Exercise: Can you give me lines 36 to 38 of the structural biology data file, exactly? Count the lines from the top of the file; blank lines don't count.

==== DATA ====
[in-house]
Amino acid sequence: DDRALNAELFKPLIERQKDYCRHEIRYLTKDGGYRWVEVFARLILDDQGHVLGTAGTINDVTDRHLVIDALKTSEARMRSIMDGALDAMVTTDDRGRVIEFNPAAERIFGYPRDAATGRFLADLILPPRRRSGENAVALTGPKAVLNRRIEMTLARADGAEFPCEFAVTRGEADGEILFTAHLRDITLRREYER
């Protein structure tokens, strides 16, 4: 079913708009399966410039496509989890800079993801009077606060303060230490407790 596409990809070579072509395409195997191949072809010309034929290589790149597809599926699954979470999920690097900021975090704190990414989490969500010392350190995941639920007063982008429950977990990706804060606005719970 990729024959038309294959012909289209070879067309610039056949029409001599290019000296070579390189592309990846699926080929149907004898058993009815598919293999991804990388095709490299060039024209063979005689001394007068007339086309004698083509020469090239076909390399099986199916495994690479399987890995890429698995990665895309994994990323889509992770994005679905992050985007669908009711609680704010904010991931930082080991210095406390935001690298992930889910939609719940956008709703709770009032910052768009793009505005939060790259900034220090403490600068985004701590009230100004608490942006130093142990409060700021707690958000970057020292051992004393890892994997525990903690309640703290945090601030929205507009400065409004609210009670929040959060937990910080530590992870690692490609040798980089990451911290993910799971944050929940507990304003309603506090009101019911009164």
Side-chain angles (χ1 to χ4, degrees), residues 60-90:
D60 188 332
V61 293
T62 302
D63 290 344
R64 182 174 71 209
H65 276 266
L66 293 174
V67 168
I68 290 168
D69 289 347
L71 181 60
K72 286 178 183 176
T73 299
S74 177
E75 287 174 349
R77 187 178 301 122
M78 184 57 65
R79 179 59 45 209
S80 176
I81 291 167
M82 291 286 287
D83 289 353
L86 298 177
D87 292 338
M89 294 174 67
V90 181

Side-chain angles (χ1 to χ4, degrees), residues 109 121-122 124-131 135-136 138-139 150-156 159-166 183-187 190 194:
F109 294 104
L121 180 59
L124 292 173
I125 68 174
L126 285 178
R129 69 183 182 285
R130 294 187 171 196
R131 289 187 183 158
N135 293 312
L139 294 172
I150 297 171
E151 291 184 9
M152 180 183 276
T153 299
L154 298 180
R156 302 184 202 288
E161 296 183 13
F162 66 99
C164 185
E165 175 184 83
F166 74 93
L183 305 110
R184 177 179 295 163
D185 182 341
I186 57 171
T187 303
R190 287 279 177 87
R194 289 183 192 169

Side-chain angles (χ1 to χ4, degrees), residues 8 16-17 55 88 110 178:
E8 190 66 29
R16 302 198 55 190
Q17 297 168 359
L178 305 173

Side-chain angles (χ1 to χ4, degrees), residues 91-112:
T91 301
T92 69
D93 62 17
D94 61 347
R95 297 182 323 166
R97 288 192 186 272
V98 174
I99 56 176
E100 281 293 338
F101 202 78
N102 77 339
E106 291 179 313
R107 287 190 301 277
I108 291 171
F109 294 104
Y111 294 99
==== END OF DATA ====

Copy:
L126 285 178
R129 69 183 182 285
R130 294 187 171 196